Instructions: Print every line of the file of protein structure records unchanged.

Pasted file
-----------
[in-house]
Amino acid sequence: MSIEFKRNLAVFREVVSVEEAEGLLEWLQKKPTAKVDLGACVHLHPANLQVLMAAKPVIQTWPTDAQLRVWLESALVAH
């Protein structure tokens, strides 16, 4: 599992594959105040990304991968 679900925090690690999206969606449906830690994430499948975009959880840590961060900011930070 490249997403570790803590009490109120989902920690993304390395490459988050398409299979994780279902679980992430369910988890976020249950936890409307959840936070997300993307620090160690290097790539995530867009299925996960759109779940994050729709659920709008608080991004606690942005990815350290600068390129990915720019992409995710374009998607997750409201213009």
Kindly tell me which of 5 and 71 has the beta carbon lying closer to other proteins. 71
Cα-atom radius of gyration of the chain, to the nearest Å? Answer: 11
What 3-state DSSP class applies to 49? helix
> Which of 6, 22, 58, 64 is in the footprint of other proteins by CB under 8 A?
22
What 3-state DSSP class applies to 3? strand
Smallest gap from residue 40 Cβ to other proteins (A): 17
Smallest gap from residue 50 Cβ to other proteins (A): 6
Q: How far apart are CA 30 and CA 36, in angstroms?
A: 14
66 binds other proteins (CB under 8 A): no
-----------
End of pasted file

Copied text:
[in-house]
Amino acid sequence: MSIEFKRNLAVFREVVSVEEAEGLLEWLQKKPTAKVDLGACVHLHPANLQVLMAAKPVIQTWPTDAQLRVWLESALVAH
């Protein structure tokens, strides 16, 4: 599992594959105040990304991968 679900925090690690999206969606449906830690994430499948975009959880840590961060900011930070 490249997403570790803590009490109120989902920690993304390395490459988050398409299979994780279902679980992430369910988890976020249950936890409307959840936070997300993307620090160690290097790539995530867009299925996960759109779940994050729709659920709008608080991004606690942005990815350290600068390129990915720019992409995710374009998607997750409201213009």
Kindly tell me which of 5 and 71 has the beta carbon lying closer to other proteins. 71
Cα-atom radius of gyration of the chain, to the nearest Å? Answer: 11
What 3-state DSSP class applies to 49? helix
> Which of 6, 22, 58, 64 is in the footprint of other proteins by CB under 8 A?
22
What 3-state DSSP class applies to 3? strand
Smallest gap from residue 40 Cβ to other proteins (A): 17
Smallest gap from residue 50 Cβ to other proteins (A): 6
Q: How far apart are CA 30 and CA 36, in angstroms?
A: 14
66 binds other proteins (CB under 8 A): no